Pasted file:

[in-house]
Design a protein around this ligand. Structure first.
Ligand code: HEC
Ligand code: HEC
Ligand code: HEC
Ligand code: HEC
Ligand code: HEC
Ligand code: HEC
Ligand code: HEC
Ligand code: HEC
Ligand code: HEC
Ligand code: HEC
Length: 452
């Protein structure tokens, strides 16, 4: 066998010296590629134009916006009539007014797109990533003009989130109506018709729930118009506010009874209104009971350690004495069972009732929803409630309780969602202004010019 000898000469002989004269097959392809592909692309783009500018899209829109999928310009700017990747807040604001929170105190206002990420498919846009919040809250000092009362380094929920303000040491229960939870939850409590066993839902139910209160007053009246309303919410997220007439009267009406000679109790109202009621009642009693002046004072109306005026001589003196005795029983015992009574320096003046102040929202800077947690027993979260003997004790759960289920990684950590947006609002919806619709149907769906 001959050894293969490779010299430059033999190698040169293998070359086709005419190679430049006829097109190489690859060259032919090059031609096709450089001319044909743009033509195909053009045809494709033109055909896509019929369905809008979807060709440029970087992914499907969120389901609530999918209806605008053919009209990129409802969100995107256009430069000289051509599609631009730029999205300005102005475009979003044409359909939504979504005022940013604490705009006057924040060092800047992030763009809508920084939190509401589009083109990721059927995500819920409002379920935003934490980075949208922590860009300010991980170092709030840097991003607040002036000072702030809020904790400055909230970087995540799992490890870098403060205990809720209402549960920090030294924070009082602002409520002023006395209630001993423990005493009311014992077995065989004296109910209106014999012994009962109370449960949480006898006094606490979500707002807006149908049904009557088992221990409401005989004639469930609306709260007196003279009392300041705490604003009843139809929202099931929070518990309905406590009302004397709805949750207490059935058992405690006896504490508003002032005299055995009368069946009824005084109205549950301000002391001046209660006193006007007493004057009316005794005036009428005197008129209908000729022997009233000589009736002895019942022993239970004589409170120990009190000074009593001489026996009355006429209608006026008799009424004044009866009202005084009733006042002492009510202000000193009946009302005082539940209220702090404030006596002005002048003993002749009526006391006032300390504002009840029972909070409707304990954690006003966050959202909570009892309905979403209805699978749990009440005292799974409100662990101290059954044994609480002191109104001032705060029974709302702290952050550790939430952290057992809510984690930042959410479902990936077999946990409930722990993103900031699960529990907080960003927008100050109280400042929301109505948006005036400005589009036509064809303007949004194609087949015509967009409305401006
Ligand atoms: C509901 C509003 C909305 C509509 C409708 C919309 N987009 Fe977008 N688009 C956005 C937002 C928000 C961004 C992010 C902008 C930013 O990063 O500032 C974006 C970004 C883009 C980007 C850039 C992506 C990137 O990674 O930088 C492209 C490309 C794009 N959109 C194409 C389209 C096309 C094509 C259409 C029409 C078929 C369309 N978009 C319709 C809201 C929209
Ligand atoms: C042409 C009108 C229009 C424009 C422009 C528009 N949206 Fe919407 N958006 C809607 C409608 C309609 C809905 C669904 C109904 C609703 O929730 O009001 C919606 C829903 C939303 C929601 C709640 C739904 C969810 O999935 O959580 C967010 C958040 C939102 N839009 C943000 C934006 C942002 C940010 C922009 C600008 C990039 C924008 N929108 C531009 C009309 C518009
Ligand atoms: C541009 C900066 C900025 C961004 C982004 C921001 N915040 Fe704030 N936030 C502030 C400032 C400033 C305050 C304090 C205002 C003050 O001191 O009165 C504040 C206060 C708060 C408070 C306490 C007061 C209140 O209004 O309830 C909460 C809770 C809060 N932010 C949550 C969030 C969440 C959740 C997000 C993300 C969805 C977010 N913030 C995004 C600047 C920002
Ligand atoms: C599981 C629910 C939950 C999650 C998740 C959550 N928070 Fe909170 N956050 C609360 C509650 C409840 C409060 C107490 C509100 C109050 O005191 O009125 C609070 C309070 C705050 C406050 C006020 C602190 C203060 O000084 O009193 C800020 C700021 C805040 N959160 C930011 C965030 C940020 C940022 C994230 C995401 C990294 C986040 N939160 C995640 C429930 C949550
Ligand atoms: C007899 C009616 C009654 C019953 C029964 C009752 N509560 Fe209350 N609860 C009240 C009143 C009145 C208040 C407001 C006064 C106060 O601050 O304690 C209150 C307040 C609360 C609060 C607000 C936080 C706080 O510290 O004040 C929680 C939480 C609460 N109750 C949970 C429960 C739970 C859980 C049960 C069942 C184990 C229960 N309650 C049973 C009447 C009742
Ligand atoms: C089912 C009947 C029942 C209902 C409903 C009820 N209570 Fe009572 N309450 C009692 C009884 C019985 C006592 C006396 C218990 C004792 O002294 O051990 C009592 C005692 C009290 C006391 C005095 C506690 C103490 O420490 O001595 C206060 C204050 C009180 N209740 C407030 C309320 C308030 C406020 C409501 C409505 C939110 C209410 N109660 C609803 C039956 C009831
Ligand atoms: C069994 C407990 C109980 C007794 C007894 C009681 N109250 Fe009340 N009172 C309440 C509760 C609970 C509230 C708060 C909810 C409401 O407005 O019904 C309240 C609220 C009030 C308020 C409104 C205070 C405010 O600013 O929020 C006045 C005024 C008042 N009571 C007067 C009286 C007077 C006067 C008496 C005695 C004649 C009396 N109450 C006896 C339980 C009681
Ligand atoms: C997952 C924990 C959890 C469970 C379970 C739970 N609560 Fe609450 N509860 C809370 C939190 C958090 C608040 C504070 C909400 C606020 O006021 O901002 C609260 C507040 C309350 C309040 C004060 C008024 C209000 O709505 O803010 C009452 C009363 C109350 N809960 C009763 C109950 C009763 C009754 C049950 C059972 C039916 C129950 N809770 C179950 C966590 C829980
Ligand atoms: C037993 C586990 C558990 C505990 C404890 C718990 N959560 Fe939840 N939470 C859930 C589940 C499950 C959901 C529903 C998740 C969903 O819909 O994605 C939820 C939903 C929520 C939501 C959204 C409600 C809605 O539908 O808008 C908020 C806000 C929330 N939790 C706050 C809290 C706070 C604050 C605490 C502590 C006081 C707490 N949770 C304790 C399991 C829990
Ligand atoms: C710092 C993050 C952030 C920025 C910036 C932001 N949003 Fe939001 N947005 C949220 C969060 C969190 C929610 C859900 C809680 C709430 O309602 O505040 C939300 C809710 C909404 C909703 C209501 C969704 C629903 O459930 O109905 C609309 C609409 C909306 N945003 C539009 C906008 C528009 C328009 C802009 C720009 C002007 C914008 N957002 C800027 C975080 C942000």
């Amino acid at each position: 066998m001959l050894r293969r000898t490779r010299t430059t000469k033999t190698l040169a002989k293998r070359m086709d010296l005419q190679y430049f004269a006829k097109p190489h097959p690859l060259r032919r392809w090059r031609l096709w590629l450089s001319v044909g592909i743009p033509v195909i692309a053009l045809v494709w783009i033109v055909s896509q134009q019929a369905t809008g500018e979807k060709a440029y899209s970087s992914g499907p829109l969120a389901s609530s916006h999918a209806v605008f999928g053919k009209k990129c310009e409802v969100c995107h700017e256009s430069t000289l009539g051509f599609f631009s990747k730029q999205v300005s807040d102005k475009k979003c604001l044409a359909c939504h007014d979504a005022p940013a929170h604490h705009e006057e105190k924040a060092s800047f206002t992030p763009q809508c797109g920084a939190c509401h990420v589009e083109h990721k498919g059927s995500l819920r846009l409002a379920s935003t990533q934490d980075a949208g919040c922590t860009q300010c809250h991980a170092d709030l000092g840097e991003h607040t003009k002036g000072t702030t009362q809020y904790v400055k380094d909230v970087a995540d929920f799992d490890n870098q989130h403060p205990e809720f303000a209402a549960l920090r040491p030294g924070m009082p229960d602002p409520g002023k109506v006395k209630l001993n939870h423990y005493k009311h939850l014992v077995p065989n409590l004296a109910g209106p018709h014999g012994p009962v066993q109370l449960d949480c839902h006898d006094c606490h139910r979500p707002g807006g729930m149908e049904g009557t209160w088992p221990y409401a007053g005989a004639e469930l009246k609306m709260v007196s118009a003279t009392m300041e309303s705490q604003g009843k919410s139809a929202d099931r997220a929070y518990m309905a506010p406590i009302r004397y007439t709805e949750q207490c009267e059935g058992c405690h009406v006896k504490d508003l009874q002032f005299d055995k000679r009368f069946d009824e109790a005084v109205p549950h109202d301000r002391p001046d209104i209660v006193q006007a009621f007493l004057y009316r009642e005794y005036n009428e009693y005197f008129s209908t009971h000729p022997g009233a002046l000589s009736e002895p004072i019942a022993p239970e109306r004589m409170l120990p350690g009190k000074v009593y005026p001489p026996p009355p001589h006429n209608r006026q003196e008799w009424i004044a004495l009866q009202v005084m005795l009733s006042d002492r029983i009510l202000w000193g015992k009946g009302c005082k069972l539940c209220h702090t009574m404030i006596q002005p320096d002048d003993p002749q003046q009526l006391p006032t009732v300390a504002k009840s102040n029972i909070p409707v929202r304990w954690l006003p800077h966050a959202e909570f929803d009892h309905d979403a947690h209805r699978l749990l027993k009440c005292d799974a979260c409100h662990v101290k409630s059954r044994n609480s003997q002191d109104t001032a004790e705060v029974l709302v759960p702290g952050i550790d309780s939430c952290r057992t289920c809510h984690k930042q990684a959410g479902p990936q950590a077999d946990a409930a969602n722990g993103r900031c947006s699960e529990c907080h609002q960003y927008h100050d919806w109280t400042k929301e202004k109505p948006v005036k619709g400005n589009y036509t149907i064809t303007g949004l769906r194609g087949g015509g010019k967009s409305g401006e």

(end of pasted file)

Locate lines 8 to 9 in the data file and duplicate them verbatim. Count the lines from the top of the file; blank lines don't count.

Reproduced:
Ligand code: HEC
Ligand code: HEC